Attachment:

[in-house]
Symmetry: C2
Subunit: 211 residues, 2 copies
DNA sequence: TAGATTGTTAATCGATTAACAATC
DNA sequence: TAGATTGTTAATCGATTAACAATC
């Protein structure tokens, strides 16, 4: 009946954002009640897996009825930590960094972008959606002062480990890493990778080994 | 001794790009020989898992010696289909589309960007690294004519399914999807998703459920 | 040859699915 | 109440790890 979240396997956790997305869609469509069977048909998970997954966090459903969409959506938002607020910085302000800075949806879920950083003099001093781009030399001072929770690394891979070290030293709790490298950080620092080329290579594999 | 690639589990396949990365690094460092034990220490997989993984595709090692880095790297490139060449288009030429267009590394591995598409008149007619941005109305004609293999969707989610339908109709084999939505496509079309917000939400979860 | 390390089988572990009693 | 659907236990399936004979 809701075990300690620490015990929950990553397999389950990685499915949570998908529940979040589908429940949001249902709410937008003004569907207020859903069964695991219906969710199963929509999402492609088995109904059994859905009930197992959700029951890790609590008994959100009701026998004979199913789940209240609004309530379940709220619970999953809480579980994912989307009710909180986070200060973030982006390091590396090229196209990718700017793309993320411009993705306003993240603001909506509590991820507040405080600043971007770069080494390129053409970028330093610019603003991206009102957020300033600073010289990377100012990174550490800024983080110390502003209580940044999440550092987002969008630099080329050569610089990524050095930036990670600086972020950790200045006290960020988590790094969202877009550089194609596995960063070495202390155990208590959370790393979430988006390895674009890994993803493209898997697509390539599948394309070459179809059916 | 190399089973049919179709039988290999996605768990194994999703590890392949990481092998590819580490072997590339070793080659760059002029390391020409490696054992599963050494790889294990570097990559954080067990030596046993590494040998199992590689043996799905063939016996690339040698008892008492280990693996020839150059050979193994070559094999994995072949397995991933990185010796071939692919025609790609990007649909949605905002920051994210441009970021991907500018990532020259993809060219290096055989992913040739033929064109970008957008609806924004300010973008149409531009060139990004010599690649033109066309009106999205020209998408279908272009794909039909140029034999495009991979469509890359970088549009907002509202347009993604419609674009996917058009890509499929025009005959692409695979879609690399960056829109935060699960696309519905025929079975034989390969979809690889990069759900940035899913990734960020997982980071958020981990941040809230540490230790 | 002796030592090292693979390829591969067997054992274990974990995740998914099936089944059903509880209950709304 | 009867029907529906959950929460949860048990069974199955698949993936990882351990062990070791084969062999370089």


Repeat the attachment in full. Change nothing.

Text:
[in-house]
Symmetry: C2
Subunit: 211 residues, 2 copies
DNA sequence: TAGATTGTTAATCGATTAACAATC
DNA sequence: TAGATTGTTAATCGATTAACAATC
């Protein structure tokens, strides 16, 4: 009946954002009640897996009825930590960094972008959606002062480990890493990778080994 | 001794790009020989898992010696289909589309960007690294004519399914999807998703459920 | 040859699915 | 109440790890 979240396997956790997305869609469509069977048909998970997954966090459903969409959506938002607020910085302000800075949806879920950083003099001093781009030399001072929770690394891979070290030293709790490298950080620092080329290579594999 | 690639589990396949990365690094460092034990220490997989993984595709090692880095790297490139060449288009030429267009590394591995598409008149007619941005109305004609293999969707989610339908109709084999939505496509079309917000939400979860 | 390390089988572990009693 | 659907236990399936004979 809701075990300690620490015990929950990553397999389950990685499915949570998908529940979040589908429940949001249902709410937008003004569907207020859903069964695991219906969710199963929509999402492609088995109904059994859905009930197992959700029951890790609590008994959100009701026998004979199913789940209240609004309530379940709220619970999953809480579980994912989307009710909180986070200060973030982006390091590396090229196209990718700017793309993320411009993705306003993240603001909506509590991820507040405080600043971007770069080494390129053409970028330093610019603003991206009102957020300033600073010289990377100012990174550490800024983080110390502003209580940044999440550092987002969008630099080329050569610089990524050095930036990670600086972020950790200045006290960020988590790094969202877009550089194609596995960063070495202390155990208590959370790393979430988006390895674009890994993803493209898997697509390539599948394309070459179809059916 | 190399089973049919179709039988290999996605768990194994999703590890392949990481092998590819580490072997590339070793080659760059002029390391020409490696054992599963050494790889294990570097990559954080067990030596046993590494040998199992590689043996799905063939016996690339040698008892008492280990693996020839150059050979193994070559094999994995072949397995991933990185010796071939692919025609790609990007649909949605905002920051994210441009970021991907500018990532020259993809060219290096055989992913040739033929064109970008957008609806924004300010973008149409531009060139990004010599690649033109066309009106999205020209998408279908272009794909039909140029034999495009991979469509890359970088549009907002509202347009993604419609674009996917058009890509499929025009005959692409695979879609690399960056829109935060699960696309519905025929079975034989390969979809690889990069759900940035899913990734960020997982980071958020981990941040809230540490230790 | 002796030592090292693979390829591969067997054992274990974990995740998914099936089944059903509880209950709304 | 009867029907529906959950929460949860048990069974199955698949993936990882351990062990070791084969062999370089």